Farah expressed outrage that he was investigated on suspicion of organizing young Arabs to attack Jews and said he has spent his life "building a future for both peoples." He said that under questioning, he told the police that Arabs in Haifa had been attacked by gangs of racist Jews whom the police have not arrested. Farah said he was released on a 2,000 shekel ($615) personal bond.

Israel's Higher Arab Monitoring Committee held a press conference on Tuesday, in which it criticized the wave of arrests. Committee chairman Mohammed Barakeh said the Arab public will not agree to sit on the “defendants' bench." He demanded that the police halt the arrest operation and close the cases against the suspects.

“The right to political protest is a legitimate right,” he said, warning that an escalation by the police would "set the ground on fire again.”

“The government of Israel bears responsibility for all of the escalation,” Barakeh said. “We will not be sheep led to jail by Ohanas' and Netanyahu's police.” The monitoring committee will hold protests in front of police stations all over the country if its demands are not met, he added.

A burned-out car in Jaffa after the Jewish-Arab mob violence this month. Credit: Moti Milrod

In the operation Monday, which began early in the morning, thousands of police officers took part. The police said they sought to “reinstate deterrence” in places with a history of street violence around Israel.

Monday’s operation began “with high intensity and a thorough deployment against the rioters, criminals and everyone who was involved in the riots,” the police said.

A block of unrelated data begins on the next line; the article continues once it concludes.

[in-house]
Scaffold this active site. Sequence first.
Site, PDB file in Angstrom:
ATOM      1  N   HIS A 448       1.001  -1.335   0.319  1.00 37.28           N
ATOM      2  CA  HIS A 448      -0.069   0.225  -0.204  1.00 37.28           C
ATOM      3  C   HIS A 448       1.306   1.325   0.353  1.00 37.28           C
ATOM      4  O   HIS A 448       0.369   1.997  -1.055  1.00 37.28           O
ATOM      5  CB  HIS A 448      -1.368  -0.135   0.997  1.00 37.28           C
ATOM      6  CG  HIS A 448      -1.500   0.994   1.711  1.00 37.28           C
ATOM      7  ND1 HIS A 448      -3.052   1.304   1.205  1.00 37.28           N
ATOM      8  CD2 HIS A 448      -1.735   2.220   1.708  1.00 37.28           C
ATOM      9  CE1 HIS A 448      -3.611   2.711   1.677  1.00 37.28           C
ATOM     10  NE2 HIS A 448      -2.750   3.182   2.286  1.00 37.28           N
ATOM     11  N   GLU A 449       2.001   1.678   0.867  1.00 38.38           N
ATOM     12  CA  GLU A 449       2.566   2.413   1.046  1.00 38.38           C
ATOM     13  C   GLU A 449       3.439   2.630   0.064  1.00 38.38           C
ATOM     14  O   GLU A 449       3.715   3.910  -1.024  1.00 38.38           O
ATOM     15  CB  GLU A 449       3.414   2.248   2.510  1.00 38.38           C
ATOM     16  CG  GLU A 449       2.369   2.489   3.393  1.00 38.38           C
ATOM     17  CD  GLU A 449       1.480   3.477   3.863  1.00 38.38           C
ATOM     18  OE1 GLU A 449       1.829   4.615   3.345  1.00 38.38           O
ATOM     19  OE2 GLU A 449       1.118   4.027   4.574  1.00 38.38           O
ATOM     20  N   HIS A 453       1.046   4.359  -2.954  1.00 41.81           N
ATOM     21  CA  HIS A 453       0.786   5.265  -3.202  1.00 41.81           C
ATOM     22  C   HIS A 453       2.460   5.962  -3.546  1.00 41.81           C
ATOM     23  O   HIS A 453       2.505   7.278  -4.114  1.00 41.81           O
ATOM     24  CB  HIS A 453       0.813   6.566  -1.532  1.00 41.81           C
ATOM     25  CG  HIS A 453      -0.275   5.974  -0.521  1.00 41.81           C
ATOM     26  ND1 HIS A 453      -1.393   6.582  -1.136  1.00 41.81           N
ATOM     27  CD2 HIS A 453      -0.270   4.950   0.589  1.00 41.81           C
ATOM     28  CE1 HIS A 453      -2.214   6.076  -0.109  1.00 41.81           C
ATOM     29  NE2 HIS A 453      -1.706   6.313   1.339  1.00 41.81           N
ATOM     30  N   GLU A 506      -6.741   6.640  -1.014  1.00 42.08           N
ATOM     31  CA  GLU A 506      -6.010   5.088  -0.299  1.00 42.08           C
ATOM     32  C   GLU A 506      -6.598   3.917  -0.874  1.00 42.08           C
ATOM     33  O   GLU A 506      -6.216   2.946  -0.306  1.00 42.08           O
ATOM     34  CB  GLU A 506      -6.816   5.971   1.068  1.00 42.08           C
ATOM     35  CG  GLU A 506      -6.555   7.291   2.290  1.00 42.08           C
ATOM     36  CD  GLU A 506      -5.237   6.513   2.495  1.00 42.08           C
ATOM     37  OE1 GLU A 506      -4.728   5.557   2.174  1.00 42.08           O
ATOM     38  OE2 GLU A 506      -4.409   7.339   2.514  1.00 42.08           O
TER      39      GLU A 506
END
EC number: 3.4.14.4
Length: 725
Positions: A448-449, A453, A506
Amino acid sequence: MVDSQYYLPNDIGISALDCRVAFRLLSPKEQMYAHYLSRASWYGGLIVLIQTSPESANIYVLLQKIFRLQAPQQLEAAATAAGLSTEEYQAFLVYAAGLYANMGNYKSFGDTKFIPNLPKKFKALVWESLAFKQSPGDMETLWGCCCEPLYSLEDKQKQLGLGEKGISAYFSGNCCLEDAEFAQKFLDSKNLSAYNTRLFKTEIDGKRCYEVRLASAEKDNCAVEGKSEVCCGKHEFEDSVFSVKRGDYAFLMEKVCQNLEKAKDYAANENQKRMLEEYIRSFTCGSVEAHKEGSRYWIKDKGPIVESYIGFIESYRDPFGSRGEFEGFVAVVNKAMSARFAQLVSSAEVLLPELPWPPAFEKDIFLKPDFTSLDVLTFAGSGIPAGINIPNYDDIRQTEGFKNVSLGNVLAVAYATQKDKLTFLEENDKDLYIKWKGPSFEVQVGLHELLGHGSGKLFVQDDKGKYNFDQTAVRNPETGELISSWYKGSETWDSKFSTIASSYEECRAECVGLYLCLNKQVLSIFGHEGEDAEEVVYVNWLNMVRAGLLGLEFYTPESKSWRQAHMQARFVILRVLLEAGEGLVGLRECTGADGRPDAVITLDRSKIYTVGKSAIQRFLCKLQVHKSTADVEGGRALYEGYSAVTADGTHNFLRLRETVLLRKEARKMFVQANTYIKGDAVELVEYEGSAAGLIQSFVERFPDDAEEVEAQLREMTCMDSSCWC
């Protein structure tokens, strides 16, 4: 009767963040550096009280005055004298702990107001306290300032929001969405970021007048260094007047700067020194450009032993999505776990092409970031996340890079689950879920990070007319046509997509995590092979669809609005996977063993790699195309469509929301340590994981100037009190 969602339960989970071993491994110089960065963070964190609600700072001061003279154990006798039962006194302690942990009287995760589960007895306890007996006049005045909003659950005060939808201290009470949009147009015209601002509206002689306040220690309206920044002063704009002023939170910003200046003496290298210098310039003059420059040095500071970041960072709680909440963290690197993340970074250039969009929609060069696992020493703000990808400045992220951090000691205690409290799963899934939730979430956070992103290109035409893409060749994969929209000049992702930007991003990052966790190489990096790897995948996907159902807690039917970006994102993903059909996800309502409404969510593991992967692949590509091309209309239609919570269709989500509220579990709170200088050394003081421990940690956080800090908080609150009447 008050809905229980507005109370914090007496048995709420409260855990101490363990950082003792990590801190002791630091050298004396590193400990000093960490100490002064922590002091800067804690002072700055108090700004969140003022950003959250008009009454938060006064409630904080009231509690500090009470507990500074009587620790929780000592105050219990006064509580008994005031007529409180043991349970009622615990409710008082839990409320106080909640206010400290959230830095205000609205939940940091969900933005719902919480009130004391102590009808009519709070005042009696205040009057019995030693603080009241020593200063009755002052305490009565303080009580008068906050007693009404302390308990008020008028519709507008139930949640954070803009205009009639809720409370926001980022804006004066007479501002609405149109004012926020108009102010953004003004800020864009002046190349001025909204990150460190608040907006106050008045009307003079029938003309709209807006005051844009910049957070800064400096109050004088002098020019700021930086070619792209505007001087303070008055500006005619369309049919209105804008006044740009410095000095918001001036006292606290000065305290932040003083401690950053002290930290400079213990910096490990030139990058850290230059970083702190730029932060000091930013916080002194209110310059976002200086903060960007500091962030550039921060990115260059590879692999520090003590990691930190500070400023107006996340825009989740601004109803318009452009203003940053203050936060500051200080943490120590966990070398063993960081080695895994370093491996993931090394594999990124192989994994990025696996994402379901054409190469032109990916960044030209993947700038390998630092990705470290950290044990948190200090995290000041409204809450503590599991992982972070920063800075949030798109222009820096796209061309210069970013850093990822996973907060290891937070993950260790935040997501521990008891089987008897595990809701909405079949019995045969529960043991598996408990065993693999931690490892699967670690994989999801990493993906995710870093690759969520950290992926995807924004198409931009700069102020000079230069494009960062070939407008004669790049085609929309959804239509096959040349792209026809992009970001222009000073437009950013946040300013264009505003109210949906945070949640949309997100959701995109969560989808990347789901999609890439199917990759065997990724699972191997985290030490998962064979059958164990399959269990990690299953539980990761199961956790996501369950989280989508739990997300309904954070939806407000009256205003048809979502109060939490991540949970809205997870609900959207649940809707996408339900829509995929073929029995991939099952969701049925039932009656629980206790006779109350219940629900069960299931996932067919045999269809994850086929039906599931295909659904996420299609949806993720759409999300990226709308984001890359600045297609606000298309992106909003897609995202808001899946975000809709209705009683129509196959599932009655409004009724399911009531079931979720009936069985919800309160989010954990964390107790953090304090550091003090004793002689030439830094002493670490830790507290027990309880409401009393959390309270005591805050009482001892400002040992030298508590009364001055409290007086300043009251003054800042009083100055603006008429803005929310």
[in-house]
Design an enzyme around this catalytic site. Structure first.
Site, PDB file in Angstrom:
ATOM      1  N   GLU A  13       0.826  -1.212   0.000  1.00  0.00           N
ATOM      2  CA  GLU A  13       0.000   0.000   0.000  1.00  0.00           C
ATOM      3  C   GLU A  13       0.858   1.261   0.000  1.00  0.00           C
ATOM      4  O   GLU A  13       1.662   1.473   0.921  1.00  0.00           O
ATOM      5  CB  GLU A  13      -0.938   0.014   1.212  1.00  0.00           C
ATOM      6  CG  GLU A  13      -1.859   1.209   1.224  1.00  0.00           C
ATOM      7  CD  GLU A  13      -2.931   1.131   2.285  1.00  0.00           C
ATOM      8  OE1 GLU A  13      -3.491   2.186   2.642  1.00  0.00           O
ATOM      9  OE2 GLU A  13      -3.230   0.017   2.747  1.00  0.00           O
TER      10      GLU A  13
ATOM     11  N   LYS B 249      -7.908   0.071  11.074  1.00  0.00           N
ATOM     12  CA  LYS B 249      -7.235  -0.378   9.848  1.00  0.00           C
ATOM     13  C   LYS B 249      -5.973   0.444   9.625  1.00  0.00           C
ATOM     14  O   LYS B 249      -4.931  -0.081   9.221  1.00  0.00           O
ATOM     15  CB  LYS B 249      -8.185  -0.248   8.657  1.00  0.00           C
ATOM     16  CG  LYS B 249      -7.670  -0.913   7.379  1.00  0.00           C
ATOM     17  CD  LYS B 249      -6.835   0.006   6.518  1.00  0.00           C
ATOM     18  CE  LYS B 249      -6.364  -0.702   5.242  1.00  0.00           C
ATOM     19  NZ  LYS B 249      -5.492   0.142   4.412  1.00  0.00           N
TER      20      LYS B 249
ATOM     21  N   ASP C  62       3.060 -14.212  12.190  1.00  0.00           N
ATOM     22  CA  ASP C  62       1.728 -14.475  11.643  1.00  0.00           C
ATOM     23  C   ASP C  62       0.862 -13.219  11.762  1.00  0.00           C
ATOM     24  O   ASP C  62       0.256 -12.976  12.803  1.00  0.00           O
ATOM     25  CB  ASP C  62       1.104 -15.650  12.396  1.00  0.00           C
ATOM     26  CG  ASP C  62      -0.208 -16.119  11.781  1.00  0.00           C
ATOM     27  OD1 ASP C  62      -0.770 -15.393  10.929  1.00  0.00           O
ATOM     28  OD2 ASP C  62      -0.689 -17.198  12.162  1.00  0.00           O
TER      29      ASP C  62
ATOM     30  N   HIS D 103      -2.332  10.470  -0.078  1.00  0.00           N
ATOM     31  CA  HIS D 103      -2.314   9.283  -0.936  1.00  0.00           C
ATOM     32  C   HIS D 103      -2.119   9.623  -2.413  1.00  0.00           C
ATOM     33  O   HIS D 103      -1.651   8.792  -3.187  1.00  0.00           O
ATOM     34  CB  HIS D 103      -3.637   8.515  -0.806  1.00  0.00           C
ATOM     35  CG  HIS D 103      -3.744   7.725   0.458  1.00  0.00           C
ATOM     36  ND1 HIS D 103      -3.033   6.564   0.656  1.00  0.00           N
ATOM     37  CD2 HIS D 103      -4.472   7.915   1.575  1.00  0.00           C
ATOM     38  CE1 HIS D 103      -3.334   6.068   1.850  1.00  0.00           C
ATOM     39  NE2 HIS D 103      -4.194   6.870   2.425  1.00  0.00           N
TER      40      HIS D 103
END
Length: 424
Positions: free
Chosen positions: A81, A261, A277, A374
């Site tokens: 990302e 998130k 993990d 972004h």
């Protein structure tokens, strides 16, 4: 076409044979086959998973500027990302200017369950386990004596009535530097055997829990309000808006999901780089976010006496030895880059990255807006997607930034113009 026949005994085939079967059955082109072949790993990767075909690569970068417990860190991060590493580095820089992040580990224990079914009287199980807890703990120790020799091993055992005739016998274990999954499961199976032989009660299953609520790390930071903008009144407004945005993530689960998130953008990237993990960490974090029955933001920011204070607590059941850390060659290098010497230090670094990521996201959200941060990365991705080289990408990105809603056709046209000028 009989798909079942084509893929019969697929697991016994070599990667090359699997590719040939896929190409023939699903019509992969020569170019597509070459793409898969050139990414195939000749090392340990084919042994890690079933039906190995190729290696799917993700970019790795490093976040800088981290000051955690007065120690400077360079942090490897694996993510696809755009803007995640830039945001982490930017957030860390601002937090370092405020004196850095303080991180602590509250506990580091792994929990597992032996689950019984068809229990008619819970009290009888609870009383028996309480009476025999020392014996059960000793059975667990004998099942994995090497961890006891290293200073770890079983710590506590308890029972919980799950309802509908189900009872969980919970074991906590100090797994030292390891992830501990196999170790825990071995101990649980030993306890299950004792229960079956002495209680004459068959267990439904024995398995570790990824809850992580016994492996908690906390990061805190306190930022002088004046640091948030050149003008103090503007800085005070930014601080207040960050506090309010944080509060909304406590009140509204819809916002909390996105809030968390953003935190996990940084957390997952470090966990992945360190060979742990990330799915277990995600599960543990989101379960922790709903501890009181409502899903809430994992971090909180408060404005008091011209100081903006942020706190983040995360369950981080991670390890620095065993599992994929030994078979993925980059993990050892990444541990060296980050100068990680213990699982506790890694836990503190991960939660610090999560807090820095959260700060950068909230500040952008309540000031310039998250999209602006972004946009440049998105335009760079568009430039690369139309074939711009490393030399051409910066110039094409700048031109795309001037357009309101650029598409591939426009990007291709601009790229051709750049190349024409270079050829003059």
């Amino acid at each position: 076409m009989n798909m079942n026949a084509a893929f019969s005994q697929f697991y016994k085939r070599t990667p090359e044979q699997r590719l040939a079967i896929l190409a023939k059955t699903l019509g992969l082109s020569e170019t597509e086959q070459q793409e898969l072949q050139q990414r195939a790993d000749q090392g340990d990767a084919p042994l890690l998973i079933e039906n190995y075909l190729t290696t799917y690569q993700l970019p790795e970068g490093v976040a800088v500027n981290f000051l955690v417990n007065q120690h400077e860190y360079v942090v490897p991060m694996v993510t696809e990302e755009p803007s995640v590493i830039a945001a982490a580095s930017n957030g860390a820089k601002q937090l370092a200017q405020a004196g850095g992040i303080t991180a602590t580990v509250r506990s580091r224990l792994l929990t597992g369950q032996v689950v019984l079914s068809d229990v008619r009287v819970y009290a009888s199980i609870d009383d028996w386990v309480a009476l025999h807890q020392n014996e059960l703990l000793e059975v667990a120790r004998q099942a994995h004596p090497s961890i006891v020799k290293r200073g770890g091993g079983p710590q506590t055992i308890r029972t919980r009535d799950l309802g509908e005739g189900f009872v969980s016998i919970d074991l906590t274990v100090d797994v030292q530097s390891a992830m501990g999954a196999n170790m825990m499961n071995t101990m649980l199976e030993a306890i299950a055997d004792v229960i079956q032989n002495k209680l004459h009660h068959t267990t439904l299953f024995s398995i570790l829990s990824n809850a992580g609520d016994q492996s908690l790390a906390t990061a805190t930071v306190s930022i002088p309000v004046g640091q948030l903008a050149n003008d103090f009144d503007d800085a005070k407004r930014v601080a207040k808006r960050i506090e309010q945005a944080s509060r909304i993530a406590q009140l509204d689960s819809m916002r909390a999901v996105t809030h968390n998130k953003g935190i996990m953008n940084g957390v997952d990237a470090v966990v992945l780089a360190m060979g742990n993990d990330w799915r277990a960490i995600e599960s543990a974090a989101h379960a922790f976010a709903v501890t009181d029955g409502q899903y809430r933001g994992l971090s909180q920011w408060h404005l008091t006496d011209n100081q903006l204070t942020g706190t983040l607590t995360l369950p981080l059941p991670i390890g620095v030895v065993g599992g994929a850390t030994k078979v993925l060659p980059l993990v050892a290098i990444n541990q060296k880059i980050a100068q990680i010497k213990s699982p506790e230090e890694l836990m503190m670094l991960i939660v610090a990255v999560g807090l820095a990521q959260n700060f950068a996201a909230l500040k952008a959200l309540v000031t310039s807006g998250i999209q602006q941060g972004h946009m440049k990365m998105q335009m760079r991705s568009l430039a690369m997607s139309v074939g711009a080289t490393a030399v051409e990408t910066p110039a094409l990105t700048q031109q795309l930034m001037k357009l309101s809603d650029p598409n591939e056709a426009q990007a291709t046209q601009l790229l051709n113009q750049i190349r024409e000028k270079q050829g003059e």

As part of the operation, the police plan to move against crime organizations too, including arrests for illegal weapon possession.

'Where were they?'

Arab officials criticized the arrest operation, saying the police act against criminals only when the safety of Jewish Israelis is at stake. Arab mayors met Monday with police chief Kobi Shabtai and criticized the actions of the police in Arab towns and neighborhoods in the course of the arrests.

Public figures have expressed fears that as part of the operation, the police would arrest political activists.

“For years we’ve been begging for the Shin Bet [security service] to enter the picture in the fight against crime in the our community against the crime families,” a mayor said at the meeting. “But now suddenly when it concerns fears of harming Jews and the police, there are resources and there is the Shin Bet.”

The chairman of the committee of Arab mayors, Mudar Yunis, told Haaretz that the mayors protested to Shabtai about what they called the police’s violence and wide-scale arrests against young Arab men and women. According to him, the police are talking about restoring faith in the police, but the steps they are taking are not contributing to it.

“Suddenly, the police have woken up and want to conduct a law and order operation,” said MK Aida Touma-Sliman (Joint List). “How is it that now the police can collect cameras and check them? Where were they when crime ran wild in the Arab community? It seems that when it’s about saving lives in the Arab community, the police don’t move.”